Geek Trivia

Which Of These Men Is Considered The Father Of Public Relations?

Earl Newsom
Edward Bernays
Milton Fairman
John Hill
Which Planet's Days Are Longer Than Its Years?

Answer: Edward Bernays

The next time your eccentric uncle gets on a tangent about how advertising and public relations is just propaganda designed to brainwash the masses, don’t be too quick to write him off. He might just be familiar with the history of public relations and the incredible influence one man, Edward Bernays, exerted on the entire industry—so much influence, in fact, that he’s regarded as the father of the public relations industry.

Bernays was the nephew of influential early psychologist Sigmund Freud, and he used the teachings of his uncle to shape the industry. Bernays strongly believed that the “masses” are driven by subconscious desires and that a few capable people with the right tools and techniques could easily sway them to believe in nearly anything. He viewed the use of advertising and propaganda as necessary to control the public and redirect their animal energy into productive channels.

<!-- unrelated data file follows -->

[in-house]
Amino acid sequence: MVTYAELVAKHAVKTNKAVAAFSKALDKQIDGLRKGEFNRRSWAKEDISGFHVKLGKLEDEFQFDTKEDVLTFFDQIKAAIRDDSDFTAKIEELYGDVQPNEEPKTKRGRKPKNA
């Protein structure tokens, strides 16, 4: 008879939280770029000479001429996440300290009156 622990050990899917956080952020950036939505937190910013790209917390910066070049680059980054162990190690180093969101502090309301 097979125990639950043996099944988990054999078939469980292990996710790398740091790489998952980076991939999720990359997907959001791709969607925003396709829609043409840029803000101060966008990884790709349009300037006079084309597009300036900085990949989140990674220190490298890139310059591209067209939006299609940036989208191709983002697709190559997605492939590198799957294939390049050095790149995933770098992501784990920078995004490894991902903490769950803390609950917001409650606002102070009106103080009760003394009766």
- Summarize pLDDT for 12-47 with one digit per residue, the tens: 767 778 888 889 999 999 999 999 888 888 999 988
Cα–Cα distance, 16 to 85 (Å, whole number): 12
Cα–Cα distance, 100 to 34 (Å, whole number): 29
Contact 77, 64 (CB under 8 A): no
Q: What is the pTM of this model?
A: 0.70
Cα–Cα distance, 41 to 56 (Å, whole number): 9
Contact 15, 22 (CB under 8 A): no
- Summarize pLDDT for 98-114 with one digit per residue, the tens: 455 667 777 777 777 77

In addition to his general influence on the industry, he is notable for his books Crystallizing Public Opinion (1923), Propaganda (1928), Public Relations (1945), and The Engineering of Consent (1955). Among his numerous advertising campaigns, Bernays helped convince the American public that Ivory soap was the purest soap, that bacon and eggs was truly the all-American breakfast, that disposable cups were the correct sanitary choice, and that women should smoke cigarettes because they were “torches of freedom” and would make them skinny. In addition to commercial advertising, Bernays also used his considerable skill for outright propaganda, both for the U.S. government (such as during World War II) and for corporations (such as when he helped the United Fruit Company start a chain of events in the 1950s that ultimately led to the 1954 Guatemalan coup d’état).

In fact, the story of Bernays is so long and colorful, it simply can’t be done justice in a matter of paragraphs. For readers particularly curious about the man who brought propaganda to the 20th century, there is an excellent TV series documentary, produced by the BBC in 2002 and available to watch for free online, called The Century of the Self. It explored how the work of Sigmund Freud came to a sort of commercial fruition through his nephew, Bernays (and later, Sigmund’s daughter Anna)—it’s a fascinating, albeit sometimes unsettling, look at the way we’re all influenced by the information around us.